Maurice Taylor

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Creative Director and Videographer of Sky Movement Terrell Maurice Taylor, more commonly known among local industry buffs as Moe, began his still-evolving journey in the entertainment industry in 1996 when he first moved to Atlanta, GA.
Born in Birmingham, AL and raised in Tacoma, WA, Moe followed his aunt Tina; a former film student at Georgia State University, claiming his move south was two-fold: the result of a triggered curiosity about film from an influential aunt, and a getaway from Tacoma’s gang-infested streets.
“I came to Atlanta to be famous,” Moe said, who sometimes still goes as Maurice, whatever is more comfortable for the clientele. The ticket: acceptance to the Devry Institute of Atlanta, where he studied Telecommunications.
In 1997, past co-worker, Maurice Sanders invited Moe to a video shoot, which would change everything. But it wasn’t right away that Moe developed a desire to direct. “Never in a million years did I think I would be so close to Hollywood,” he said. Behind the scenes, Moe realized his natural gift of understanding – how things work, why they work, and what actually works. He dabbled in spoken word as a performer and completed several acting classes, which mainly led to features in most of his aunt’s film projects. Eventually, Moe joined forces with business partners Dwight Wilson and Maurice Sanders, forming Soul Mecca [Multimedia Group], and found himself behind the scenes and rubbing shoulders with most of the rising stars of the southern hip hop movement of that era: Comedian Young Jack Thriller, formerly known as Honey Bunz; Comedian Kelly “K Dubb” Walker, whose appeared on P. Diddy’s Bad Boy’s of Comedy, Who’s got Jokes and BET’s Comic View; Singer/Songwriter India Arie; and Director/Editor Gabriel Hart, whose directed videos for TI, B.O.B., Young Jezzy, Fat Joe, Yung L.A and many others. While helping run his first effort with the multimedia company Moe also discovered and managed T.O.N.E. “Taking On A New Era” With Soul Mecca, Maurice gained real industry experience and began building a foundation for latter endeavors. In 2003, he worked on a spoof featuring Atlanta’s comedy all-stars, “Baby Boy Don’t Get Your Hair Cut at the Last Dragon Barbershop This Friday.” The project’s footage, however, was never released. In 2005, Moe produced author Omar Tyree’s Flyy Girl video, wetting his feet yet again as a rising talent.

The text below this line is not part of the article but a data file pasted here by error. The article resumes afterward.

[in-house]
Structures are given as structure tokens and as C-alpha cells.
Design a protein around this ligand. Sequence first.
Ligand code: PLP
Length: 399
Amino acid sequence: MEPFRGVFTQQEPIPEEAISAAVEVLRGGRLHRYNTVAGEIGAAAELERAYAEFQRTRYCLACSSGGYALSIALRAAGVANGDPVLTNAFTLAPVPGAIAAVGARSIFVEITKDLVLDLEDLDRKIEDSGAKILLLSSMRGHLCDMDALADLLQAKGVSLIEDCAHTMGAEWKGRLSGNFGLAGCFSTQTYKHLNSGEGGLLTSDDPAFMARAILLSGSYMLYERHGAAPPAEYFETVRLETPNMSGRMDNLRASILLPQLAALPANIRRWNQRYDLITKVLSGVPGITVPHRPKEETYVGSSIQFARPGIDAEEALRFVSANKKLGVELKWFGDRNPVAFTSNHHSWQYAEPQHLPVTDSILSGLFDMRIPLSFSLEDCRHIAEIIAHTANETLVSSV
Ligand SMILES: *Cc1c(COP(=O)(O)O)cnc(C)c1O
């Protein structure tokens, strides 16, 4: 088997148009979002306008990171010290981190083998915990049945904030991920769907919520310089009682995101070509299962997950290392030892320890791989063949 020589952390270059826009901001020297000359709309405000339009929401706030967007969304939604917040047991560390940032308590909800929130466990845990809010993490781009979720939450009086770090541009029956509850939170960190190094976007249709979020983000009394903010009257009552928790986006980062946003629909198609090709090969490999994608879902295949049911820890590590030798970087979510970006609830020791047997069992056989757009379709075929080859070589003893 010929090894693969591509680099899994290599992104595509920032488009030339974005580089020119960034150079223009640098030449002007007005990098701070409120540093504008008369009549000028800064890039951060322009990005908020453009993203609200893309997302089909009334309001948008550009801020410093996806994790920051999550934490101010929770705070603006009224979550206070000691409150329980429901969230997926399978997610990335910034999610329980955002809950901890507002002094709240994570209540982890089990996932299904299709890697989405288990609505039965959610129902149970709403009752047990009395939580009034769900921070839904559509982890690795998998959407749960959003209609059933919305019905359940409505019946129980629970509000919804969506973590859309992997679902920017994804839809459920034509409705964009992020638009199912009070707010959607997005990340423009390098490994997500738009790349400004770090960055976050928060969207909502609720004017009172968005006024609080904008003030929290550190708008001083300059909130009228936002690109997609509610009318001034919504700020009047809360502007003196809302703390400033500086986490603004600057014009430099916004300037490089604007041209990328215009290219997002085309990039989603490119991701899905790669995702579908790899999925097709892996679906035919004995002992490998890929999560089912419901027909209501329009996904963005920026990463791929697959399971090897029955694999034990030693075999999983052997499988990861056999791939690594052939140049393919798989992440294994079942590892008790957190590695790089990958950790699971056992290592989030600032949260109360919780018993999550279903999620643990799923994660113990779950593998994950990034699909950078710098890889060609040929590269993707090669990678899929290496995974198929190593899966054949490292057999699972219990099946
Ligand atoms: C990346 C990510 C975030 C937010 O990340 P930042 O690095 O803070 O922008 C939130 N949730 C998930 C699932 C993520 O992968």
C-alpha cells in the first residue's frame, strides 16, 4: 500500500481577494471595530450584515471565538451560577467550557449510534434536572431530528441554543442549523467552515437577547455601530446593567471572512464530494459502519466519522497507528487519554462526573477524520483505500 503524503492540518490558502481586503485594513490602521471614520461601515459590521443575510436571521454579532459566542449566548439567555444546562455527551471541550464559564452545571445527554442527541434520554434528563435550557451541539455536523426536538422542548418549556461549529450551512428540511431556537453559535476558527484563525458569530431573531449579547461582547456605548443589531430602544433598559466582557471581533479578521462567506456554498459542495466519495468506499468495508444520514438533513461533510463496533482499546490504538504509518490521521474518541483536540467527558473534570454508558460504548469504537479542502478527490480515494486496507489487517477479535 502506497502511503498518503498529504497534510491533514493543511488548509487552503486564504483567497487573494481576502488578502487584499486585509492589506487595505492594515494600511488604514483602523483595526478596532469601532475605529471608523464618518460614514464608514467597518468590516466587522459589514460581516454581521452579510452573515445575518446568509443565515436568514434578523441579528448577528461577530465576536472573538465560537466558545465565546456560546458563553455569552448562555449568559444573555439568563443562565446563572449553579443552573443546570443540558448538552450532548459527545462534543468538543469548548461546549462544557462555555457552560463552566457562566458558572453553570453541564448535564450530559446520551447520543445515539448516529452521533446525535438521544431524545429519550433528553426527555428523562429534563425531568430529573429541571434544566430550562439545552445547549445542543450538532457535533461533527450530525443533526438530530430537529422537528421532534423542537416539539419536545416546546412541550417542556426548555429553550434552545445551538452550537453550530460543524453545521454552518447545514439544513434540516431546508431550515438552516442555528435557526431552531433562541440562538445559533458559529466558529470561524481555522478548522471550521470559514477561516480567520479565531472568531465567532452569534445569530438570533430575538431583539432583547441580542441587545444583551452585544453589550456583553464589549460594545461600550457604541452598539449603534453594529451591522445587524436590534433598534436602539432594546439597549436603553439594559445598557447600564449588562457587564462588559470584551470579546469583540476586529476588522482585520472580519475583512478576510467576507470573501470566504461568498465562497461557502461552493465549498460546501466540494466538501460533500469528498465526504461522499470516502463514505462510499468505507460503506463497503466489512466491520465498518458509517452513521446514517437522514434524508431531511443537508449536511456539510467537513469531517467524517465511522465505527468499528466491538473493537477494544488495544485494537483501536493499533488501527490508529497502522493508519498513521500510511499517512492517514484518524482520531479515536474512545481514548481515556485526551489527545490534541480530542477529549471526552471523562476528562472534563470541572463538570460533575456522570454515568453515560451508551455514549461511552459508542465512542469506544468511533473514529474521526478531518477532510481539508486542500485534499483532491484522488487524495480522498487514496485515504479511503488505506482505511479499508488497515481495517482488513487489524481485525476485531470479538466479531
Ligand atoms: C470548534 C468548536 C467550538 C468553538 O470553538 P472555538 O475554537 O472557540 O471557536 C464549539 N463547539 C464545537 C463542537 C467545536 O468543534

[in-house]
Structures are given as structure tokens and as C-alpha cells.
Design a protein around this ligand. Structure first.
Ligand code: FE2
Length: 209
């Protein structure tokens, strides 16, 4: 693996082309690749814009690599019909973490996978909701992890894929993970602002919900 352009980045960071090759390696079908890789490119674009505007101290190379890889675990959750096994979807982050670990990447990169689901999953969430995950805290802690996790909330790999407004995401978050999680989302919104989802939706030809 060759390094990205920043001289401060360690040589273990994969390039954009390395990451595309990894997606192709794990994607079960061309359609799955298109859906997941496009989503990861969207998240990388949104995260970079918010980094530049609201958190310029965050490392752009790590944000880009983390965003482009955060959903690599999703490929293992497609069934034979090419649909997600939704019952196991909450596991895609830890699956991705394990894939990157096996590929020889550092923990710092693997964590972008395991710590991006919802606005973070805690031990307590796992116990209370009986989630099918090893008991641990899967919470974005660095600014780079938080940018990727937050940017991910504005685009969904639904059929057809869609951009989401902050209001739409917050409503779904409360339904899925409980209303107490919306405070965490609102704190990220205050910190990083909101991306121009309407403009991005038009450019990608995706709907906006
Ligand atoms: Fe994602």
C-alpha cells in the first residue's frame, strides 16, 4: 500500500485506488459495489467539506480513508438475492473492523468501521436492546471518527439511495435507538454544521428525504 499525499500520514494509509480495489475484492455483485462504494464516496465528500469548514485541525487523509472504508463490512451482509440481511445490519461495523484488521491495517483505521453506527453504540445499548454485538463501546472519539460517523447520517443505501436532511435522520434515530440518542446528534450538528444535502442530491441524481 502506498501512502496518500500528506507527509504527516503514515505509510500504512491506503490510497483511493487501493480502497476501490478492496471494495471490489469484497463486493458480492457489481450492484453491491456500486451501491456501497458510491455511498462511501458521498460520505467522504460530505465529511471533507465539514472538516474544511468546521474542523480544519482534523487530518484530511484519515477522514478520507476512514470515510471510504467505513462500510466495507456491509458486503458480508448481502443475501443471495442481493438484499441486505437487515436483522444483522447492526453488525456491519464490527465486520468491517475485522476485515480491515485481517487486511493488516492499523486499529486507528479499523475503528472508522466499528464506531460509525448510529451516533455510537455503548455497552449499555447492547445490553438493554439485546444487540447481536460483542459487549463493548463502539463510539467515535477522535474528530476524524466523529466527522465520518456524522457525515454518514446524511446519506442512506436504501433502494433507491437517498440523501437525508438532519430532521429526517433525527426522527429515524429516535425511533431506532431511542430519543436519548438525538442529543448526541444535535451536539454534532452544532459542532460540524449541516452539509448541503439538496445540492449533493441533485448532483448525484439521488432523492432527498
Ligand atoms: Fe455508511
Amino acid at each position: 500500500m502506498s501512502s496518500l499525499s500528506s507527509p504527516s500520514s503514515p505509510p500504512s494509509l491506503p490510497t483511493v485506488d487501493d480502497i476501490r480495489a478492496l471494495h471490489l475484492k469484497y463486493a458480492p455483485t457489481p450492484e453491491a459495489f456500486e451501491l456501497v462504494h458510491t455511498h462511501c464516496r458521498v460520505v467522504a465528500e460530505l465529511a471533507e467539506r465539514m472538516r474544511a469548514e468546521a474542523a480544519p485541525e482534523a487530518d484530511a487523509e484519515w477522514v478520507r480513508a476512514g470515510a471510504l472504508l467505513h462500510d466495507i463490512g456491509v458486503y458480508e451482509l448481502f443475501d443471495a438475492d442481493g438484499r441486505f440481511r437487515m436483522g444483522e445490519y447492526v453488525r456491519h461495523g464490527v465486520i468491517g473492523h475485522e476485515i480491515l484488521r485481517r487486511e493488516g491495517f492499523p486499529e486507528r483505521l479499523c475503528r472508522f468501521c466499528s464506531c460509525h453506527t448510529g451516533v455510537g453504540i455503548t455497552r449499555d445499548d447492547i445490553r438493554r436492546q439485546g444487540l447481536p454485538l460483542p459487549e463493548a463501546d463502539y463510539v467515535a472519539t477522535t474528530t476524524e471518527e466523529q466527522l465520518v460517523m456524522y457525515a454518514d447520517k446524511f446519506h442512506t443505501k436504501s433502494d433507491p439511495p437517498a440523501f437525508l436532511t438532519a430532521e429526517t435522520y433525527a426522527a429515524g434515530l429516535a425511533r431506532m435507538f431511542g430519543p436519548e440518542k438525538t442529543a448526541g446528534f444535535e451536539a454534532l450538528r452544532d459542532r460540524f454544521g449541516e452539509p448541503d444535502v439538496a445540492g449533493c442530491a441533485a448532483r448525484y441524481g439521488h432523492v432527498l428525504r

Since December 2008, Moe has been part of the Sky Movement team directing and editing, video blogging, creating Web-isodes and image consulting. “Making people look good,” he said, “...that’s what I do.” Introduced to tag team Richard Penton and Clemm Rishad through his 23-year-old brother, an up-and-coming rapper Young Bus, Maurice shot his first video with the company and hasn’t looked back since. Artists on Writer’s Block at Sky Movement wrote “Fly” on Nicki Minaj’s album, which features Rihanna; and the lyrics to “Pretty Girls” for artist Iyaz’s first single, featuring Travie McCoy.
Finally, Maurice realizes that directing and editing was always his dream; but not until recently did he deem that dream a possibility. He firmly sticks to the Six Degrees of Separation Rule, purporting that anyone on the planet can be connected to any other person on the planet through a chain of acquaintances that has no more than five intermediaries he will introduce the world to Tacoma, placing the city on a map with more than enough room for its existence.

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